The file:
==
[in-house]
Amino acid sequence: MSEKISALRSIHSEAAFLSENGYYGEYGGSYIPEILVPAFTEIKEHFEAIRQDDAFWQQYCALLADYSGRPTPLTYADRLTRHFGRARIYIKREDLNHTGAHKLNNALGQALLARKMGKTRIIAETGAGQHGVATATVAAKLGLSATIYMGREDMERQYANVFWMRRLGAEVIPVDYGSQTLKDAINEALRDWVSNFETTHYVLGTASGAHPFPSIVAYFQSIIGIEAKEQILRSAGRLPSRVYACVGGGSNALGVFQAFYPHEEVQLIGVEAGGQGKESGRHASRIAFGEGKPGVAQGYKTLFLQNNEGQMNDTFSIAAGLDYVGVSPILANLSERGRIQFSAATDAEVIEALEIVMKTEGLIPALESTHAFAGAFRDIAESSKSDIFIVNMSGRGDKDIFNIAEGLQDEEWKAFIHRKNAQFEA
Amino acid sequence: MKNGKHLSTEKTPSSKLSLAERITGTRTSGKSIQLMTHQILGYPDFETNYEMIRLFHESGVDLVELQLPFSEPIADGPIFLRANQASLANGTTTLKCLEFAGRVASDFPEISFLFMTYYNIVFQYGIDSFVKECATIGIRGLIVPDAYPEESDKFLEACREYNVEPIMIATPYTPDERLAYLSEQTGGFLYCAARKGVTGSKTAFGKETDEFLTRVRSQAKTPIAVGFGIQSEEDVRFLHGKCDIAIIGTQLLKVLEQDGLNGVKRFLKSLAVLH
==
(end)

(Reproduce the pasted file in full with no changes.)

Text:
[in-house]
Amino acid sequence: MSEKISALRSIHSEAAFLSENGYYGEYGGSYIPEILVPAFTEIKEHFEAIRQDDAFWQQYCALLADYSGRPTPLTYADRLTRHFGRARIYIKREDLNHTGAHKLNNALGQALLARKMGKTRIIAETGAGQHGVATATVAAKLGLSATIYMGREDMERQYANVFWMRRLGAEVIPVDYGSQTLKDAINEALRDWVSNFETTHYVLGTASGAHPFPSIVAYFQSIIGIEAKEQILRSAGRLPSRVYACVGGGSNALGVFQAFYPHEEVQLIGVEAGGQGKESGRHASRIAFGEGKPGVAQGYKTLFLQNNEGQMNDTFSIAAGLDYVGVSPILANLSERGRIQFSAATDAEVIEALEIVMKTEGLIPALESTHAFAGAFRDIAESSKSDIFIVNMSGRGDKDIFNIAEGLQDEEWKAFIHRKNAQFEA
Amino acid sequence: MKNGKHLSTEKTPSSKLSLAERITGTRTSGKSIQLMTHQILGYPDFETNYEMIRLFHESGVDLVELQLPFSEPIADGPIFLRANQASLANGTTTLKCLEFAGRVASDFPEISFLFMTYYNIVFQYGIDSFVKECATIGIRGLIVPDAYPEESDKFLEACREYNVEPIMIATPYTPDERLAYLSEQTGGFLYCAARKGVTGSKTAFGKETDEFLTRVRSQAKTPIAVGFGIQSEEDVRFLHGKCDIAIIGTQLLKVLEQDGLNGVKRFLKSLAVLH